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Ah, Wilhelm II. I've been reading a couple of World War I books, all of them critical of Wilhelm's expansion of the German navy. One author even called it "a selfish pursuit". Yet Britain's insistence that only the Royal Navy should be the sole master of the seas is perfectly unselfish. In fact, Britain's arrogant antagonism to Germany over their navy completed the isolation that Germany so feared, and only added fuel to the fire that would spark in 1914.ReplyDelete
Well, only the victorious write history.
It is not unreasonable for Britain to worry about naval competition, however, they did take it to rather paranoid lengths. Any colonial power (like Germany) requires a strong navy and though Germany did expand to the point of having the second largest navy in the world, most don't realize that even at its peak, the Kaiserlichemarine was still less than half the size of the Royal Navy.Delete
I'm sorry, but Wilhelm will always have a negative connotation to me for the way he treated his mother all her life, as well as the ransacking of his parents home HOURS aft their deaths.ReplyDelete
I know he had good in him, as evidenced by his treatment of his Grandmother, and his rescue of his Russian relatives.
But as a mother myself, I just cannot forgive his treatment of her.
I guess that never made much of an impression on me. 'You get the children you raise' I've always been told. He wasn't terribly kind to her but nor was she to him. Some of the things done to him would be considered extreme child abuse today and the fact that he would go against his father is not surprising considering that he grew up seeing Friedrich III go against the wishes of Wilhelm I. But, I agree, it certainly wasn't right. It just never bothered me as much given the way I was raised with parents who would never tolerate people complaining about their children. "Well, you taught them" or "you were their example" was their usual reply.Delete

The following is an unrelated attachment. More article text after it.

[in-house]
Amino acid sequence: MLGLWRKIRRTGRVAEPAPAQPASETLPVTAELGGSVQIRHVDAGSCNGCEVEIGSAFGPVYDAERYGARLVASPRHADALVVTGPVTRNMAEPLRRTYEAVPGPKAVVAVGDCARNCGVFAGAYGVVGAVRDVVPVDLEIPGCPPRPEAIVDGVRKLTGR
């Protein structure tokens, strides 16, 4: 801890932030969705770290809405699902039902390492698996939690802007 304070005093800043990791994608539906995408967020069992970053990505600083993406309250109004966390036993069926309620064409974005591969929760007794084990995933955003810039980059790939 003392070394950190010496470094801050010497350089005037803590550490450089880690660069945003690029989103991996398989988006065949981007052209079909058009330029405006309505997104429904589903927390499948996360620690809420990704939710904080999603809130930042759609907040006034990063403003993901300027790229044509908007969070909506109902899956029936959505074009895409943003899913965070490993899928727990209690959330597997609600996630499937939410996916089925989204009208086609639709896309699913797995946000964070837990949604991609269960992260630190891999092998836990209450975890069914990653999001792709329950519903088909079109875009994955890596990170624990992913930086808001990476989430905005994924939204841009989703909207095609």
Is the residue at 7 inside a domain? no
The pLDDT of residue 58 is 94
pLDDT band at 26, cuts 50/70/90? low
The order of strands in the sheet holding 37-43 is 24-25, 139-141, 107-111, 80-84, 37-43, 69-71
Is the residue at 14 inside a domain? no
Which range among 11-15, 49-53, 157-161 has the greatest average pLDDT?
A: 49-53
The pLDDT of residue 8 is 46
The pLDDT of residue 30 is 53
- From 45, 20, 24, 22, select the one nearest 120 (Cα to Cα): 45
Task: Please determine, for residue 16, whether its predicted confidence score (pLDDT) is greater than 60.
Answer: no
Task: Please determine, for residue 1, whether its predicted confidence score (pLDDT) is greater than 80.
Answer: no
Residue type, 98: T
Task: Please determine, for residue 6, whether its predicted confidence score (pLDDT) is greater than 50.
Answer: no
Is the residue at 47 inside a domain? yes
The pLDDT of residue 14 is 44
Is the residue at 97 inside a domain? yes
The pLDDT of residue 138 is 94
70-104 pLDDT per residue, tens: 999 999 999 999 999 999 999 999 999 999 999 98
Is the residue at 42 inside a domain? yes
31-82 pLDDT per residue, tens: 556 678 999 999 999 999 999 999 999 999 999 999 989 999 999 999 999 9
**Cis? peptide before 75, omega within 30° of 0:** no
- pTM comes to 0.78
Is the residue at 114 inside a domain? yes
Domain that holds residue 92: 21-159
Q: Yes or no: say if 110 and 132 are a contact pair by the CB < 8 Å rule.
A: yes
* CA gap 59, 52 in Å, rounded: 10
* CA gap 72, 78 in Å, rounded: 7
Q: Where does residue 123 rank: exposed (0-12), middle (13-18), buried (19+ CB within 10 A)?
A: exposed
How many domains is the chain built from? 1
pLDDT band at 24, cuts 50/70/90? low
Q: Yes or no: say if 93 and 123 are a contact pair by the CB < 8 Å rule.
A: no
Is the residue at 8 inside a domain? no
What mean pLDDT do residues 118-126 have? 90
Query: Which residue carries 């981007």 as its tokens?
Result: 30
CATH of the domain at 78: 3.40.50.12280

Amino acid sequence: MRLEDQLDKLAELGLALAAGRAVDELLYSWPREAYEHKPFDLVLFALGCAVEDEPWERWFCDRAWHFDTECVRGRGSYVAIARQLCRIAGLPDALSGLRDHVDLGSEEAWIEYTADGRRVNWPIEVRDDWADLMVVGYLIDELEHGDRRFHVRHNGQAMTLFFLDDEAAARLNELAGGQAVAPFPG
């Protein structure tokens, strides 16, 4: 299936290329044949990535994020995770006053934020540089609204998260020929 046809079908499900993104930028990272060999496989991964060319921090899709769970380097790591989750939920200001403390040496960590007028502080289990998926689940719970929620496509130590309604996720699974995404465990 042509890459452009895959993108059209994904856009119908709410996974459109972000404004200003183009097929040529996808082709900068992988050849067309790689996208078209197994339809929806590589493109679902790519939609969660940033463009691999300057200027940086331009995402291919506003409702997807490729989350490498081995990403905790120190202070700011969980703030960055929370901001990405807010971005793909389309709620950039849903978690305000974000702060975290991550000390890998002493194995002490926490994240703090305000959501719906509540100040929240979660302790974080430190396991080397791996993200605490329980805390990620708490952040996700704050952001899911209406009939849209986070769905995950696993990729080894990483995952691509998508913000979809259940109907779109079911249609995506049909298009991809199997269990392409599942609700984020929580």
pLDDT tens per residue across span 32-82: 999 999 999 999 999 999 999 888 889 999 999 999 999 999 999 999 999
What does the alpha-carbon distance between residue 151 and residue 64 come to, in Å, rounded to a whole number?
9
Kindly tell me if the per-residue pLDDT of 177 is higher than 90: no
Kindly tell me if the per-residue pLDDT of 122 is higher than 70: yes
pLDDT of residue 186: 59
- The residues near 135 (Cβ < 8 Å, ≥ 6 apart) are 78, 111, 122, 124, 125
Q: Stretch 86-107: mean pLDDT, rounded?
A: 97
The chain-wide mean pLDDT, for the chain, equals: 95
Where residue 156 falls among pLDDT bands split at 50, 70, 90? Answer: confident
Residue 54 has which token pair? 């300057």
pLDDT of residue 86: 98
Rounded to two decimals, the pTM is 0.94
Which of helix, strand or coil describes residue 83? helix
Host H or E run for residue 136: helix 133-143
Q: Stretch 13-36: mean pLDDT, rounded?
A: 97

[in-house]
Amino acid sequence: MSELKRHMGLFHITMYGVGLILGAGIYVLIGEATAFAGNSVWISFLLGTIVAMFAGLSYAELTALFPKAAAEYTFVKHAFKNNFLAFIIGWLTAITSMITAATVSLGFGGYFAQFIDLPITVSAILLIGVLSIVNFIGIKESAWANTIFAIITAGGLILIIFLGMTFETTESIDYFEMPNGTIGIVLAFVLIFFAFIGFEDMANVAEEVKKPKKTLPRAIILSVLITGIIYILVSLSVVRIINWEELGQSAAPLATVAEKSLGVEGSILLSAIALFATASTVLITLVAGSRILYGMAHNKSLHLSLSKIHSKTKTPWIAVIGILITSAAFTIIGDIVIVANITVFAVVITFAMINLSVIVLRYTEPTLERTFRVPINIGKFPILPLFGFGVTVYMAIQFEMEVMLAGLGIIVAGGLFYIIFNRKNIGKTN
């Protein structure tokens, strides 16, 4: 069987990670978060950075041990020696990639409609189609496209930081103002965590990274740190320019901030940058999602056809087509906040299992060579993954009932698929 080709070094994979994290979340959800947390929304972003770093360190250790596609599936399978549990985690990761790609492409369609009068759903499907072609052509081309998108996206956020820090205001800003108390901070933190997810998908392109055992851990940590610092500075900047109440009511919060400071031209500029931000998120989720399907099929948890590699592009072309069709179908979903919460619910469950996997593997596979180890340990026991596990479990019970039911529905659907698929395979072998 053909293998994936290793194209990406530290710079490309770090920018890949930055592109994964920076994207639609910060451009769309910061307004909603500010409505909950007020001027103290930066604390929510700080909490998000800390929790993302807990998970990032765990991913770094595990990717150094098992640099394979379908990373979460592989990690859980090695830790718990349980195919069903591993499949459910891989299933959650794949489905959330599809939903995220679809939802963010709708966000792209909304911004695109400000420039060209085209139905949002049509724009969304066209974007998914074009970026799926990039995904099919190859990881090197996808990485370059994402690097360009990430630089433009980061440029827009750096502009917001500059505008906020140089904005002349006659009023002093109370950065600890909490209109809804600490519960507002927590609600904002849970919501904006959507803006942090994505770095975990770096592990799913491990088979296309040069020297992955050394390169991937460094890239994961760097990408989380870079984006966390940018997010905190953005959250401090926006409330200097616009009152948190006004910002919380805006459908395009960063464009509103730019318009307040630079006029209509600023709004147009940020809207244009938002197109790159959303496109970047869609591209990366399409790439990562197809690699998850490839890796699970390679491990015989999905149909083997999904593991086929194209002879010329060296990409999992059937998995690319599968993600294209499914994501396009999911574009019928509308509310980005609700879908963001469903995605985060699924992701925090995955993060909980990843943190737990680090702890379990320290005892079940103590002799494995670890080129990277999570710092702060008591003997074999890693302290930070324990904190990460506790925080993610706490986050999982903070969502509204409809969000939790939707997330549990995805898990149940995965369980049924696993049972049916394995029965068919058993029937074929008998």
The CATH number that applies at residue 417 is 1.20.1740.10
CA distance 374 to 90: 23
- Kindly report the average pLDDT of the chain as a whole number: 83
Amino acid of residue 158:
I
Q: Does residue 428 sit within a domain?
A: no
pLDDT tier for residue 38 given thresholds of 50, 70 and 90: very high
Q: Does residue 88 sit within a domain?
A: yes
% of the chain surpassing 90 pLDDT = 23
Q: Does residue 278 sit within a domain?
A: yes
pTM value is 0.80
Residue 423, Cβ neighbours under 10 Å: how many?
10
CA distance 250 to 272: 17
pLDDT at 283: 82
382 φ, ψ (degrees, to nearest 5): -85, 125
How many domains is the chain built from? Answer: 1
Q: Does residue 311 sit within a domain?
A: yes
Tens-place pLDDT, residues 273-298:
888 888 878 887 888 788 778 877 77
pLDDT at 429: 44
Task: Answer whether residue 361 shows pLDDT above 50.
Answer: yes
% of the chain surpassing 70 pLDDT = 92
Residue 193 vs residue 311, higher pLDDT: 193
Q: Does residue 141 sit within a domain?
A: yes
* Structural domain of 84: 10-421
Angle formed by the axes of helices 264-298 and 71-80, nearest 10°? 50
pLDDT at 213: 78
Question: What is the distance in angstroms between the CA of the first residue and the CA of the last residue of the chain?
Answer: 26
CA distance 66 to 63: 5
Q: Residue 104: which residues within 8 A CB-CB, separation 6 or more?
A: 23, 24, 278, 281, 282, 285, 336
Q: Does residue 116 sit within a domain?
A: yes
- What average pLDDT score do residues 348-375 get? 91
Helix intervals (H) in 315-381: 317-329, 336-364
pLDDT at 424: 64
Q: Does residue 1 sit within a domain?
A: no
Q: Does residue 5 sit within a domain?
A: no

But he *wasn't* raised by his parents - through no fault of their own. Empress Elizabeth took him & Prs Charlotte from them to raise and educate. Empress Vicky had loving relationships w/her other children, and tried to get close to the eldest two as they grew older.ReplyDelete
Of course she never fit in with the Prussian Court, but her & Friedrich's love for one another helped her deal.
That is complete nonsense to put it nicely. Wilhelm II had the most civilian and least Prussian upbringing of any heir to the throne in Prussian history -because of his mother and he didn't start getting very close to his grandfather until he was a legal adult. Hinzpeter was chosen by Friedrich and Vicky (so, Vicky in other words) and was given unprecedented control over Wilhelm's entire education and upbringing. His first military tutor resigned because Hinzpeter and the parents had final say on everything. It was Vicky who wanted Wilhelm educated with other boys, outside of Berlin and despite the opposition of the Kaiser, again, she got her way and he was sent to Kassel. She insisted that her idea of civilian training be given precedence over his military training and she got her way, he didn't go back to his regiment until he was 18.Delete
As soon as he was born, Vicky's first words to her mother about him were words of disappointment and later on, even when he was in his 20's, she spoke of him like an unruly child and considered every disagreement, social, political or religious, to be a sign of his being "evil" and all an effort to "destroy" her personally. It is certainly true that she never fit in with the Prussian court and it is just as true that she never really tried.
What books of Kaiser Bill would you recommend?ReplyDelete
I `m really impressed. Nice.ReplyDelete